“I went to Pleasure Beach because I wanted to participate in this kind of strange and sad and magical moment of transformation that was happening,” said Ms. Curry. “The time out there was a kind of paradise, very eerie at times. Everyone out there really made their own little world.”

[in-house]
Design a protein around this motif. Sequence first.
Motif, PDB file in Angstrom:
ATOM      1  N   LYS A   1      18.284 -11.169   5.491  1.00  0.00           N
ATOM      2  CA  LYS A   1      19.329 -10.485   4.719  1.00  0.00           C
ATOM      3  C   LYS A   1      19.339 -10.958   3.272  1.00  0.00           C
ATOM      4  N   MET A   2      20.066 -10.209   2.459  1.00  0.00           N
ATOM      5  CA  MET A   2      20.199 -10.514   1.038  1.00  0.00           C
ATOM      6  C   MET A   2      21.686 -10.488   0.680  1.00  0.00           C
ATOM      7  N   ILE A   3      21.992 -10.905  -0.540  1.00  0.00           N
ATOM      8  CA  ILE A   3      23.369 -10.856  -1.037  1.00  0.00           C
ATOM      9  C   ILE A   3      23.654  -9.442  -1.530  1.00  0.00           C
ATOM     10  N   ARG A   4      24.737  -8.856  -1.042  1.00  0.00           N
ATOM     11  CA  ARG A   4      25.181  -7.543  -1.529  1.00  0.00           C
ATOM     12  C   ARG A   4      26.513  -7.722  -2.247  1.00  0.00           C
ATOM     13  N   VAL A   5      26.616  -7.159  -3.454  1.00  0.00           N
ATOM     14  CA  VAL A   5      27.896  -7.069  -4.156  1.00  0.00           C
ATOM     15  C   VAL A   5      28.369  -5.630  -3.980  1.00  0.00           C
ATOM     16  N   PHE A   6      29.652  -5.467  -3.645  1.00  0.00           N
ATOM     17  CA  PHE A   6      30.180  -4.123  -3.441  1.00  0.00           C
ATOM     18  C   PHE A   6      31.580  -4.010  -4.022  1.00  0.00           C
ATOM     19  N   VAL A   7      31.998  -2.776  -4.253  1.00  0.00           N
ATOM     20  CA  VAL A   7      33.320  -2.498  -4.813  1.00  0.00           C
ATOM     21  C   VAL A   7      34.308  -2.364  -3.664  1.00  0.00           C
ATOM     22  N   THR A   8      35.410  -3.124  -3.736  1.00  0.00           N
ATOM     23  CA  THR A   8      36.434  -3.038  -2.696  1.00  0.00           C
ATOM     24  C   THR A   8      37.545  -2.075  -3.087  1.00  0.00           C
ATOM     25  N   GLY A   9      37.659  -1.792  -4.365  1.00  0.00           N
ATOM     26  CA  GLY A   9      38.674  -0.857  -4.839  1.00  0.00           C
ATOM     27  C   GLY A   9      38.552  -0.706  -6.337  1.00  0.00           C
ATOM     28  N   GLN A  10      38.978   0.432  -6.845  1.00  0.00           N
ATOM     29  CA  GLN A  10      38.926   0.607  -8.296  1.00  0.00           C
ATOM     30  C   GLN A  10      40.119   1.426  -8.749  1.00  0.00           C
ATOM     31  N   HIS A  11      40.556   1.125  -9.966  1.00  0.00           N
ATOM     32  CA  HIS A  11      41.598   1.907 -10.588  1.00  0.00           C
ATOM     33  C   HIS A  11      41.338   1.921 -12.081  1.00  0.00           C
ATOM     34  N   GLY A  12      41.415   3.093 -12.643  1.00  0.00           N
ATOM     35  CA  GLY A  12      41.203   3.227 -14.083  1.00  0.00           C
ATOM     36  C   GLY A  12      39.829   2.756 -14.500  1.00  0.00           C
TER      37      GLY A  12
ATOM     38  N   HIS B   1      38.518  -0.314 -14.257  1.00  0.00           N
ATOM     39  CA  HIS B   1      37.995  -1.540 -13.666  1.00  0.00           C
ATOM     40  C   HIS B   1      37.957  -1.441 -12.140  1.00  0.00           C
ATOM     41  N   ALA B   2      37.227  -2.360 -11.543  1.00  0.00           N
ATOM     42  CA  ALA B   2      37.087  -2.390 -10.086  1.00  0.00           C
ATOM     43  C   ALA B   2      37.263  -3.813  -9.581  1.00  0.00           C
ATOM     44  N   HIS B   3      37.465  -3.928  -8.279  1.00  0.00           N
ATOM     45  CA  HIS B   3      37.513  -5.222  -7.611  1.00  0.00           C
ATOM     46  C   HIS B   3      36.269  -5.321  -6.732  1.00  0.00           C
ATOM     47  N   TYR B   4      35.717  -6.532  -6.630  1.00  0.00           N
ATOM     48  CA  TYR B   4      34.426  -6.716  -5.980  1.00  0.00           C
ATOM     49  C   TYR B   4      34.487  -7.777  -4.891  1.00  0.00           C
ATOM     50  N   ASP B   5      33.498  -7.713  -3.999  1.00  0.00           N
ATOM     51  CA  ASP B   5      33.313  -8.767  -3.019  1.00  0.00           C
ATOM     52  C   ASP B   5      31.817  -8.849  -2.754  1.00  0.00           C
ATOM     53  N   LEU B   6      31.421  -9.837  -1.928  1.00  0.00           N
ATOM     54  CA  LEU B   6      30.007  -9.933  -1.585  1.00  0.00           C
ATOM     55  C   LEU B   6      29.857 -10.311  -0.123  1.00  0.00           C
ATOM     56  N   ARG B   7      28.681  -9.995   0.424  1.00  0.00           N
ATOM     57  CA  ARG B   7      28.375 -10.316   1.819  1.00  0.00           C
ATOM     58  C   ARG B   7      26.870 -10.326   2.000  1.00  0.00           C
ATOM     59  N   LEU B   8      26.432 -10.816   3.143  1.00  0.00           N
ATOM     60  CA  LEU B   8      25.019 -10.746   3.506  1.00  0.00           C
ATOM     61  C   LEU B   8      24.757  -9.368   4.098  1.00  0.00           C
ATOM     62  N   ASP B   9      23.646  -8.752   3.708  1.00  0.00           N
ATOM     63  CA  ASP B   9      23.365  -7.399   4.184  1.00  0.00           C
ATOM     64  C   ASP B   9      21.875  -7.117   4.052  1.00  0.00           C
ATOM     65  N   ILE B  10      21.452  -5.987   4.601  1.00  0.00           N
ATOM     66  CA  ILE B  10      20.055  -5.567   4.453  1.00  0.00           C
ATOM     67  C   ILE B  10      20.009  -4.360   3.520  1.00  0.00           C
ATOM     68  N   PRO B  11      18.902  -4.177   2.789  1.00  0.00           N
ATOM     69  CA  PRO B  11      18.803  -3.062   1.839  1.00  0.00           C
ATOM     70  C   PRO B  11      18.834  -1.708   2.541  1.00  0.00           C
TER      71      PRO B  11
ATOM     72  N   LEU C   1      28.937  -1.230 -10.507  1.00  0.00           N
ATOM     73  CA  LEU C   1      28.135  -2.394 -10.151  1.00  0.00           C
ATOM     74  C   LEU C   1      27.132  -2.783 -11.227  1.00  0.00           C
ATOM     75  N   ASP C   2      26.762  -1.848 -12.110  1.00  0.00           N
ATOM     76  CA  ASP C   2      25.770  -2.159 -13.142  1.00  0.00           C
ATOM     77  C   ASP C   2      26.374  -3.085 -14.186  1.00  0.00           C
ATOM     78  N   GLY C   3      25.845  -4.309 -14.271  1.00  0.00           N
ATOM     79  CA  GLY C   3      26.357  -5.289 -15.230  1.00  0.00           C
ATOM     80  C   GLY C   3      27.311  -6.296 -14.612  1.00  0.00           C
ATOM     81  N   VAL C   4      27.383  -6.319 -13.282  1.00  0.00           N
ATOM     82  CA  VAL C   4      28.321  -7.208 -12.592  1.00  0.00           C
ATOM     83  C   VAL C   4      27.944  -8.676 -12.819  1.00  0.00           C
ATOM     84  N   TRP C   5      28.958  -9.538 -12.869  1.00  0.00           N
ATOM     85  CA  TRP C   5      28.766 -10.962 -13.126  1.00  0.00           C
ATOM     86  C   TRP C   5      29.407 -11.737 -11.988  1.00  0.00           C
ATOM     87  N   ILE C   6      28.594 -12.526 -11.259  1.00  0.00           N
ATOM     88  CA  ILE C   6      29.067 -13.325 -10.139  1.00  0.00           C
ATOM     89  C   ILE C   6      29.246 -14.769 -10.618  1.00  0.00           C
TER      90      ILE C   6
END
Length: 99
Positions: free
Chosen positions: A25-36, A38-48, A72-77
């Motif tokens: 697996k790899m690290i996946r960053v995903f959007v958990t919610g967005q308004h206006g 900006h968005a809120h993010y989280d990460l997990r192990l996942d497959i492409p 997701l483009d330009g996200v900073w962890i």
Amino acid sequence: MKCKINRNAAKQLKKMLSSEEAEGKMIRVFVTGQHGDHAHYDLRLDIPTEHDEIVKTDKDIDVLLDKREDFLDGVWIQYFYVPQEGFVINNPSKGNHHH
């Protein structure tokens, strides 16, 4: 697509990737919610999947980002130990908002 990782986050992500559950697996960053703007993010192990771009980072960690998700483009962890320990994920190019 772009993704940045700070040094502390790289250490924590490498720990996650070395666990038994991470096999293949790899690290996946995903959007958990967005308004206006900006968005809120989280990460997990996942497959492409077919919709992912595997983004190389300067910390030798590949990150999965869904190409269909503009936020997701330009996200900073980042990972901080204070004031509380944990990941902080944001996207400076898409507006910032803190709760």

Mr. Drojarski favored a more comprehensive approach to creating his Pleasure Beach “world,” collecting items from every cottage and then using them to transform the facade of a single cottage. Most anything of value had been looted long ago, but the worthless artifacts left behind–photos, clothes, old bedsheets–were well suited to art-making, and the end result of his magpielike industriousness was a sort of curated randomness. The facade was plastered with ovals of bright fabric cut from sheets and arranged in concentric larger ovals. On the floor of the sun porch were moldering books and a photo album containing nothing but Polaroids of elaborate birthday cakes. On a cracked wooden table on the rear patio were a cheese grater and a datebook opened to the second week of January 1990: “Lunch with Pat LuBuitte” read one entry. And on the roof just above the front door was an orange shower caddy stuffed with at least 50 old toothbrushes. “I found toothbrushes in almost every house,” Mr. Drojarski said. “Everyone left their toothbrushes.”